Where SWOT Analysis Go Wrong

Strategy

One best practice tool that’s almost always used (or should be used) before making a change in organizations, projects, or even personal life and career is a SWOT analysis. SWOT stands for Strengths, Weaknesses, Opportunities, and Threats.

Prepare for projects, organization changes, or career moves with a SWOT Analysis.

Prepare for projects, organization changes, or career moves with a SWOT Analysis.

If you’ve done a SWOT analysis before don’t stop reading here. Most SWOTs can be done better.

A Brief Description of a SWOT

SWOT stands for Strengths, Weaknesses, Opportunities, and Threats. Any SWOT exercise should ALWAYS BEGIN BY stating the focus of the SWOT. You can’t analyze strengths, weaknesses, opportunities, and threats unless you know the focus of the SWOT. What are the strengths, weaknesses, opportunities, and threats in relation to?

Begin a SWOT with an objective statement like,

“What is will the effect be when we introduce the XYZ Strategic Business Objective?”

“How will the Forbin Project impact the rest of the AI product line?”

“If I continue in this job what is my career outlook?”

When Good SWOTs Go Wrong

There’s at least three problems with most SWOT,

They become a checklist item on the road of planning. They become a rest stop where everyone can have a discussion about business, but then nothing happens.

“Did you do a SWOT?”

“Yep. We’ve got a matrix filled in and we put a check mark on the list of planning items.”

They become a love fest where there’s a long list of strengths and opportunities and much shorter lists of weaknesses and threats.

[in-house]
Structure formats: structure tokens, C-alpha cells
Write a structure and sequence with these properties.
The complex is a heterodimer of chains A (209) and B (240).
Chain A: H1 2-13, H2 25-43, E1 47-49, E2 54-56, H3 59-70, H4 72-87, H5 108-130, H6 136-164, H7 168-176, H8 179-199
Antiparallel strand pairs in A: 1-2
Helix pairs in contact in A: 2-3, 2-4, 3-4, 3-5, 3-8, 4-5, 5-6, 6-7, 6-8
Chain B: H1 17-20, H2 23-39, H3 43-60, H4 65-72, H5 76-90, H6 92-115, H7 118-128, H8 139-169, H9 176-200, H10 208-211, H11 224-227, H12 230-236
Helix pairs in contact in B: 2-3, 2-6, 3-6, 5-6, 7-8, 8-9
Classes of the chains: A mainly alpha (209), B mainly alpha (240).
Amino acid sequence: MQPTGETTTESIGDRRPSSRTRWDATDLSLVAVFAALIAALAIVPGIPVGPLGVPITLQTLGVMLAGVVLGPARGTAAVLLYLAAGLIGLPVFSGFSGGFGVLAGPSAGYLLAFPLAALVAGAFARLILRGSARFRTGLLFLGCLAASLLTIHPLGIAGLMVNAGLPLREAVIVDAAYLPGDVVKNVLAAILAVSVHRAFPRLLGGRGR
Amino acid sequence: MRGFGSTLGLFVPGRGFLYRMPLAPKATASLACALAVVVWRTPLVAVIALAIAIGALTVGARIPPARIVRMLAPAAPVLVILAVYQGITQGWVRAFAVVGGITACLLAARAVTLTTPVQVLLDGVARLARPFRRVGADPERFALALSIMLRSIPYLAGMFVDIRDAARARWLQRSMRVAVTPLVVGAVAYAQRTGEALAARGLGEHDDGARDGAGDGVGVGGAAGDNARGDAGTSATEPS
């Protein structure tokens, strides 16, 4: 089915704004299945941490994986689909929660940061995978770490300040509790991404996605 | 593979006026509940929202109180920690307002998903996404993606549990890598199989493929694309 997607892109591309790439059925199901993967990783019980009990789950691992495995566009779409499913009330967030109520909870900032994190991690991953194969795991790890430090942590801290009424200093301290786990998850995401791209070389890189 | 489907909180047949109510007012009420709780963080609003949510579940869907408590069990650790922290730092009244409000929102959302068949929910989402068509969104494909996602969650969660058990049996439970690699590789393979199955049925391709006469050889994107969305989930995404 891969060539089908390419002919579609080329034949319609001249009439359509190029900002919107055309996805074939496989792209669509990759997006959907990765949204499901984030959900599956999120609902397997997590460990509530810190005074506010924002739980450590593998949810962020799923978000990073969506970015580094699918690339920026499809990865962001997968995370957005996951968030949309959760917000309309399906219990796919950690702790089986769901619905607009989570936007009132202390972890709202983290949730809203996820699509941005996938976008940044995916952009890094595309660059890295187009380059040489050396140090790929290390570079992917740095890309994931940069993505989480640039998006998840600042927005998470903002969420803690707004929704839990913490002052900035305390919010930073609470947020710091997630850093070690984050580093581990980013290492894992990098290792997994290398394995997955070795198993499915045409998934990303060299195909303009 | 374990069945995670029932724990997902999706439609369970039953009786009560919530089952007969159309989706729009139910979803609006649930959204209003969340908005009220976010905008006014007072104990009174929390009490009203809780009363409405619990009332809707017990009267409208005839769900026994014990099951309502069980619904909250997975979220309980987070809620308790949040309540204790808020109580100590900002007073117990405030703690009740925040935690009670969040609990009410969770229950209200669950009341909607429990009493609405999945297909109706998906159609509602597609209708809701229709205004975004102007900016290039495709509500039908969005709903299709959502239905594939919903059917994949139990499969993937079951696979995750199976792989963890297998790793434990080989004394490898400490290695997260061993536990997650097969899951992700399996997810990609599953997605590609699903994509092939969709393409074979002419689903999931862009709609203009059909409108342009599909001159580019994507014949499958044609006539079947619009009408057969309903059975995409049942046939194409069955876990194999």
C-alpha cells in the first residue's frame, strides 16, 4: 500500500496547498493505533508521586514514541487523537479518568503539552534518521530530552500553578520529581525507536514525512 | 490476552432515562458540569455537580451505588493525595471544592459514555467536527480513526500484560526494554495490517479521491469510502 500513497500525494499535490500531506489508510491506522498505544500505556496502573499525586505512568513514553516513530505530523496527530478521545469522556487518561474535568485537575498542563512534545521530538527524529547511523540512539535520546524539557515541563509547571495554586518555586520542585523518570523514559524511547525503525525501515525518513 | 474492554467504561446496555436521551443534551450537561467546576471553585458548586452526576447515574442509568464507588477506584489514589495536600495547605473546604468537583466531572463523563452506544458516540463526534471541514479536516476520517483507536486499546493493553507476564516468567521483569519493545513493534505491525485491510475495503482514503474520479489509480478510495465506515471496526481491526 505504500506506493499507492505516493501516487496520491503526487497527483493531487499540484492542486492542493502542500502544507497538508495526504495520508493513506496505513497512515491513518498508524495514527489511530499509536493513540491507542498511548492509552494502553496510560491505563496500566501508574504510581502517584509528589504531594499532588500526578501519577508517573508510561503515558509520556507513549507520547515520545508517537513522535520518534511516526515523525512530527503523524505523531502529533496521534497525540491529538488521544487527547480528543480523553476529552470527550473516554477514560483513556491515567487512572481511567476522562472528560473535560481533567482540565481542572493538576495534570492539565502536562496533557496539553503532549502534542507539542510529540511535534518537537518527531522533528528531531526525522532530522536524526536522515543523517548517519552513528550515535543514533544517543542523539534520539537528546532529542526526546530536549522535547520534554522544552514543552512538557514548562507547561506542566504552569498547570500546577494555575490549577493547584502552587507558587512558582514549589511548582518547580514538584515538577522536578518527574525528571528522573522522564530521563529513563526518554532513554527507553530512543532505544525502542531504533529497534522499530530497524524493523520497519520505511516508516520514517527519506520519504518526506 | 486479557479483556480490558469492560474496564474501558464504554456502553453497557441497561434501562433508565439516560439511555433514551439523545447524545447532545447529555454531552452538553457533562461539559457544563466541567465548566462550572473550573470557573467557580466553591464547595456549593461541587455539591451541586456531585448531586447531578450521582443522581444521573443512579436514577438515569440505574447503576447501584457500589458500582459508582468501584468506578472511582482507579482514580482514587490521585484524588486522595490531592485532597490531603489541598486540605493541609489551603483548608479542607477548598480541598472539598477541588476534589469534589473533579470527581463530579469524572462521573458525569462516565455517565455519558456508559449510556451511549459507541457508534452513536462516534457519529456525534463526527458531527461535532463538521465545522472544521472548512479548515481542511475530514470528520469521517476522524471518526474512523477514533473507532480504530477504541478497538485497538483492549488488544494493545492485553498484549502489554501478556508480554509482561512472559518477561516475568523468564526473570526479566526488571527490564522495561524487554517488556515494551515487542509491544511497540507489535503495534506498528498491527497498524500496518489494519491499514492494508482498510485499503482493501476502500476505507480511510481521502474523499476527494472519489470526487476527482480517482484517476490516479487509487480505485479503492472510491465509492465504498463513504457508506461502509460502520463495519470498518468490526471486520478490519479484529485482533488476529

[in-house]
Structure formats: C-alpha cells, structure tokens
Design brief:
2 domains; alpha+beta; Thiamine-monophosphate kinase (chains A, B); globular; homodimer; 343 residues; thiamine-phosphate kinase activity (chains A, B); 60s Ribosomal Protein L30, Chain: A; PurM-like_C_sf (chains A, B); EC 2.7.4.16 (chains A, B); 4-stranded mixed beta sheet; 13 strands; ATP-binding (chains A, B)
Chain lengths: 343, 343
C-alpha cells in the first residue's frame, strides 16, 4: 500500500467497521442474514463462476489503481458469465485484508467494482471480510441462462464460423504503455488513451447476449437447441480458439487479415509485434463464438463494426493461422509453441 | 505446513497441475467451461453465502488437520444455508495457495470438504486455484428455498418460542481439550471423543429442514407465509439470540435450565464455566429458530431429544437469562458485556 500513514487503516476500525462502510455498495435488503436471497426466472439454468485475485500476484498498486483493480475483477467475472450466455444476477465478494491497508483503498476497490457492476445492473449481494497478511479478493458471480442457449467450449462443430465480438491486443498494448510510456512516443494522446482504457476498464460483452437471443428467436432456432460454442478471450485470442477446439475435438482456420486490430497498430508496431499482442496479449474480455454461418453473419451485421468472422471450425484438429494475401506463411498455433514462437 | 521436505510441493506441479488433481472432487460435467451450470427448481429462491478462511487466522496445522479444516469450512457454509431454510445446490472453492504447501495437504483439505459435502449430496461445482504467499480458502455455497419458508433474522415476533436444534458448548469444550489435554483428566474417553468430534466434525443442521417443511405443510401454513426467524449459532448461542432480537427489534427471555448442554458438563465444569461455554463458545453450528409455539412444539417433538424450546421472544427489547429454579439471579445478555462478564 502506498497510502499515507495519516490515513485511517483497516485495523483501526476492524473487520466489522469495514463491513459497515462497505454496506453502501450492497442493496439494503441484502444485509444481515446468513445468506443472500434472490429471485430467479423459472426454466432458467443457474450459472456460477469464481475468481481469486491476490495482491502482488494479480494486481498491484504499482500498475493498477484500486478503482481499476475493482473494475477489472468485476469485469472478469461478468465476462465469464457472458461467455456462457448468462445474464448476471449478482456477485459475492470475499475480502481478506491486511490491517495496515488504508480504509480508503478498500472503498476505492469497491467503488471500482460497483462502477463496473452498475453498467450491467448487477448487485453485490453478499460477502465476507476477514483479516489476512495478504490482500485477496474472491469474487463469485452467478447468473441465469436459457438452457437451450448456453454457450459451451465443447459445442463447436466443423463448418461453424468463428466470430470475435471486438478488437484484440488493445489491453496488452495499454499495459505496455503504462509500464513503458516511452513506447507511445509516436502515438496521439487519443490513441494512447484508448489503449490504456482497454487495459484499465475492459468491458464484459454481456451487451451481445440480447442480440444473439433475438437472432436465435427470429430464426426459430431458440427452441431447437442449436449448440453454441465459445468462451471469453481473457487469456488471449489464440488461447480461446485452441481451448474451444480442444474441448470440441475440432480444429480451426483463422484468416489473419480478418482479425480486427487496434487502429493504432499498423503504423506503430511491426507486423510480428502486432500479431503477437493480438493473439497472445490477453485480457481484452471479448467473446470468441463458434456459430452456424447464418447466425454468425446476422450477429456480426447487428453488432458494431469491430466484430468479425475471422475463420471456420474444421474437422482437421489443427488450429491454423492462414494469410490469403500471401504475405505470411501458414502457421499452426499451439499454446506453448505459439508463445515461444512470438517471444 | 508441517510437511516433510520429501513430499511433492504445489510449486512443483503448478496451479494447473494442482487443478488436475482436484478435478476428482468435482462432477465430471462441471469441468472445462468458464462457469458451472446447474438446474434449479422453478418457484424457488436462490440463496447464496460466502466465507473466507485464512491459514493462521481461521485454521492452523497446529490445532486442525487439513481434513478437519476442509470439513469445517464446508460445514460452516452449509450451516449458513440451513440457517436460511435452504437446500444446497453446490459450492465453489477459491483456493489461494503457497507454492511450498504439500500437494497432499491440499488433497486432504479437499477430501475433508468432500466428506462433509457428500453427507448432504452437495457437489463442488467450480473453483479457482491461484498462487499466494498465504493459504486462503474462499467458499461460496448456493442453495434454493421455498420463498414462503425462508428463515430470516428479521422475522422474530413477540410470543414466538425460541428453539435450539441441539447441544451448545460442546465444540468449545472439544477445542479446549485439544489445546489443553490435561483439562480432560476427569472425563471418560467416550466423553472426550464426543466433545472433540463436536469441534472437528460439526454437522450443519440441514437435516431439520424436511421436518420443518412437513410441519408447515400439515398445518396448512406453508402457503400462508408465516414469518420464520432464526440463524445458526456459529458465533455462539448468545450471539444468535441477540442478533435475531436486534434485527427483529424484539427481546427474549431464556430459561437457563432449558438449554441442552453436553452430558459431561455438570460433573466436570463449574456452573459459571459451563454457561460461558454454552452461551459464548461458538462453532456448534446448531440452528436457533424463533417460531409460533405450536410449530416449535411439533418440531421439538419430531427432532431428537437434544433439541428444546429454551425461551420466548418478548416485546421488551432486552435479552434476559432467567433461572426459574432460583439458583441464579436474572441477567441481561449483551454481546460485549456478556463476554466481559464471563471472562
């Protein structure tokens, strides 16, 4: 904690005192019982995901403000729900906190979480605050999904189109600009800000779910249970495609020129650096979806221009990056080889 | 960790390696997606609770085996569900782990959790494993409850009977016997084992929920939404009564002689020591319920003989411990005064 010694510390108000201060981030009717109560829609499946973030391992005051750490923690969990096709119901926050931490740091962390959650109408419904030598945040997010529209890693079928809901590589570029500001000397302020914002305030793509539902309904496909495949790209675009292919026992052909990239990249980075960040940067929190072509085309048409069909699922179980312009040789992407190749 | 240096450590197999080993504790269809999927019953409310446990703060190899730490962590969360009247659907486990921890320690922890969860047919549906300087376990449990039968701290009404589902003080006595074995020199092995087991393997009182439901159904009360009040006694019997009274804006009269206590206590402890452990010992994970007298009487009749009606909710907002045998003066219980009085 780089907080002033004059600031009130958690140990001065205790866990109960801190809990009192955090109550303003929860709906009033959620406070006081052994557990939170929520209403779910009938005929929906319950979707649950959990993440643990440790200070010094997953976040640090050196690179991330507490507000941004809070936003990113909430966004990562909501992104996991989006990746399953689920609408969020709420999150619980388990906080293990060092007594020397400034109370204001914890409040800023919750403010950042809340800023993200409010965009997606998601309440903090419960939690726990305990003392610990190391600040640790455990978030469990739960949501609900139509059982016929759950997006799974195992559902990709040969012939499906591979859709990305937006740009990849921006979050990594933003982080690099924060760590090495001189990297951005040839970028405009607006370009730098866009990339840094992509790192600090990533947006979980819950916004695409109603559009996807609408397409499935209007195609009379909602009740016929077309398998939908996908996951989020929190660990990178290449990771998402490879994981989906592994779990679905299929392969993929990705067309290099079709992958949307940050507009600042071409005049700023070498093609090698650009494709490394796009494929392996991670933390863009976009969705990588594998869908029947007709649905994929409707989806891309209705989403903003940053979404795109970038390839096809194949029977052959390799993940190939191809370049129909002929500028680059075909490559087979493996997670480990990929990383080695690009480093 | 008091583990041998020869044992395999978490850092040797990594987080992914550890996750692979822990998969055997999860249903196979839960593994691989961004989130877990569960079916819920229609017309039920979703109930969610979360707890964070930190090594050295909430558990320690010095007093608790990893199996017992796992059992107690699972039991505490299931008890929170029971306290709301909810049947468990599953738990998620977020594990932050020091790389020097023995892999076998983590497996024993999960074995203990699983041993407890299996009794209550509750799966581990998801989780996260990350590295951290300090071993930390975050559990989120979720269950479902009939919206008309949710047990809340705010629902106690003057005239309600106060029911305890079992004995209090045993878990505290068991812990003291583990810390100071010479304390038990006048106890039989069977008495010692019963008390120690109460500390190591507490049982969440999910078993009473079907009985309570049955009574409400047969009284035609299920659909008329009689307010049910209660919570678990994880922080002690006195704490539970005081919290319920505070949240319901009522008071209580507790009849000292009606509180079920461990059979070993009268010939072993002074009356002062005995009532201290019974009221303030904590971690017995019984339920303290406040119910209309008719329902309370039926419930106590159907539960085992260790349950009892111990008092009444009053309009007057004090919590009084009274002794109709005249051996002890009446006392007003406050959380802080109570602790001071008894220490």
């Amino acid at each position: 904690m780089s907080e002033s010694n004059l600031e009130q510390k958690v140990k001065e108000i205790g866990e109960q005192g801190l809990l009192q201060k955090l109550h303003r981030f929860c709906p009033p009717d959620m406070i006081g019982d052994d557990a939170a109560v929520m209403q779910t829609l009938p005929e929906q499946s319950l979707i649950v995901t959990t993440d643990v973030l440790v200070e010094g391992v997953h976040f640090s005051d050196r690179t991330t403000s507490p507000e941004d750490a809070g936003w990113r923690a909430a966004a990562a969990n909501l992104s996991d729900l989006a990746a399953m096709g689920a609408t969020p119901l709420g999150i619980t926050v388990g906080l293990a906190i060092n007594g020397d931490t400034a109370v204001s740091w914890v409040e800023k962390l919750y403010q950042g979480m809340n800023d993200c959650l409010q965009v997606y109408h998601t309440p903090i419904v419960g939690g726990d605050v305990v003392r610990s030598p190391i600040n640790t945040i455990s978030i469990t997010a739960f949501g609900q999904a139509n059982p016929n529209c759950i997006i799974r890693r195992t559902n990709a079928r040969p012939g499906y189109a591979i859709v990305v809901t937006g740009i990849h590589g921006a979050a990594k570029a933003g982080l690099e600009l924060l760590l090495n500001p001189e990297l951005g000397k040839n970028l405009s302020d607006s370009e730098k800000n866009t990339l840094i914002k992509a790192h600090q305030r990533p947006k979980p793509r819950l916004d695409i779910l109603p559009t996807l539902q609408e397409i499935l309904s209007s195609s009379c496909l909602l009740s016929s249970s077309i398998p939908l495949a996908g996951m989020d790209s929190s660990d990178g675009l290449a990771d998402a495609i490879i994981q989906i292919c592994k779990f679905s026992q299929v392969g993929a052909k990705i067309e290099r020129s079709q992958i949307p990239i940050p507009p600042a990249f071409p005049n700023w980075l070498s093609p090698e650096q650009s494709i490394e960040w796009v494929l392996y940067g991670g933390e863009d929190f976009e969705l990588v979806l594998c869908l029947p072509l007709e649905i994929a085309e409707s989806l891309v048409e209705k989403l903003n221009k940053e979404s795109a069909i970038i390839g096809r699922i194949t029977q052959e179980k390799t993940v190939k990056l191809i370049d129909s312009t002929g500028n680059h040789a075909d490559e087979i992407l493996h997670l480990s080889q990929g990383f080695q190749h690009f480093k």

“Wow! We are way ahead of the competition on this product.”

“I totally agree. One or two minor issues with government regulations and we’ll be ready to launch.”

No actions or responsibilities come out of the SWOT. The SWOT is written on a tablet, but there’s no insights into how to use strengths to take advantage of opportunities, how to avoid threats, how to improve our weaknesses. And no one walks away with action items.

“That was a great discussion. I hope someone digs into those three artificial intelligence issues on the Forbis Project.”

“That was a good-looking matrix. It will look great in the appendix.”

The people who execute the change never see the SWOT or the detail behind it. The relationships between the four quadrants are lost; strengths in one work area aren’t used to win an opportunity in another area, threats from outside the company aren’t considered by an internal team, and so on.

“If we had only seen the detail from the SWOT we would have been able to make the Framus 500 more competitive.” (I’ve seen this happen so often in software development that I now consider it a given.)

“If marketing had coordinated better with legal this product launch wouldn’t be behind schedule.”

SWOT was developed in the 1960s based on a Stanford University study of Fortune 500 companies which found a 35 percent discrepancy between the objective and what was executed. The main cause was that employees did not know the reasoning and foundation behind projects. Other studies by the Standish Group over decades have shown that about 70% of IT projects fail. I would bet that along with lack of stakeholder buy-in a poor SWOT contributed to the failure.

A SWOT is not an item to be checked off the list in strategic planning. The SWOT should drive action and should have individuals responsible for each action.

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